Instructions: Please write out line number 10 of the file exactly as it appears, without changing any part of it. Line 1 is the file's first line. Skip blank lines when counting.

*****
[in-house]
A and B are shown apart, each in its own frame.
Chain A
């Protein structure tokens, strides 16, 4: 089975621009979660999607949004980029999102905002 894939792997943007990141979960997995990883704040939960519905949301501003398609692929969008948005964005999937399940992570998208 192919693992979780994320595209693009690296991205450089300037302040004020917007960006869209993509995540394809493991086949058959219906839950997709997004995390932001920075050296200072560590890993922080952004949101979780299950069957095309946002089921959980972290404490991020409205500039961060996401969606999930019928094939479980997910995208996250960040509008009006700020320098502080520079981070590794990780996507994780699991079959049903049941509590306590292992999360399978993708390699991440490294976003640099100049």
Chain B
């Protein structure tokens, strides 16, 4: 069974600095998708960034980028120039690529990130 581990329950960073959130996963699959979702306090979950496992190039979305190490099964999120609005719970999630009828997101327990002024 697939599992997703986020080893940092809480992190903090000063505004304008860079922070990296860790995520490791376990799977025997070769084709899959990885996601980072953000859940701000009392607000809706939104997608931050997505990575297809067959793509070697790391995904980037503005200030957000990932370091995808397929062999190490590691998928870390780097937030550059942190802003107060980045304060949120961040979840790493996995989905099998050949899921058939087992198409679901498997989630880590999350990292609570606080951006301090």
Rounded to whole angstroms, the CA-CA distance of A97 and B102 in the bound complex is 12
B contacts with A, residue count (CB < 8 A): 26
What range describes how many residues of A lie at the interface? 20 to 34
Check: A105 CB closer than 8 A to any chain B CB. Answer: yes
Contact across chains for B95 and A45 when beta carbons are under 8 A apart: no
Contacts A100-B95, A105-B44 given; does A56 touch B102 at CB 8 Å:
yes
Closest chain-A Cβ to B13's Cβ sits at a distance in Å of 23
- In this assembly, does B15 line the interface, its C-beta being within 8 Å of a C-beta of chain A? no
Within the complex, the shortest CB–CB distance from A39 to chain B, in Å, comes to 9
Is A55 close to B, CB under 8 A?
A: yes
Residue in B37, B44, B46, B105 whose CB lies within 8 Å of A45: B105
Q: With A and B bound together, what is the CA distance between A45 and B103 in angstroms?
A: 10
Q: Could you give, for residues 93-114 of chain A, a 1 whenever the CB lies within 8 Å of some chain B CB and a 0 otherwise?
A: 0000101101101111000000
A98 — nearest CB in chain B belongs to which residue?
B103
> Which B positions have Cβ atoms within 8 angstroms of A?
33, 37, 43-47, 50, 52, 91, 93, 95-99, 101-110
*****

Check: A105 CB closer than 8 A to any chain B CB. Answer: yes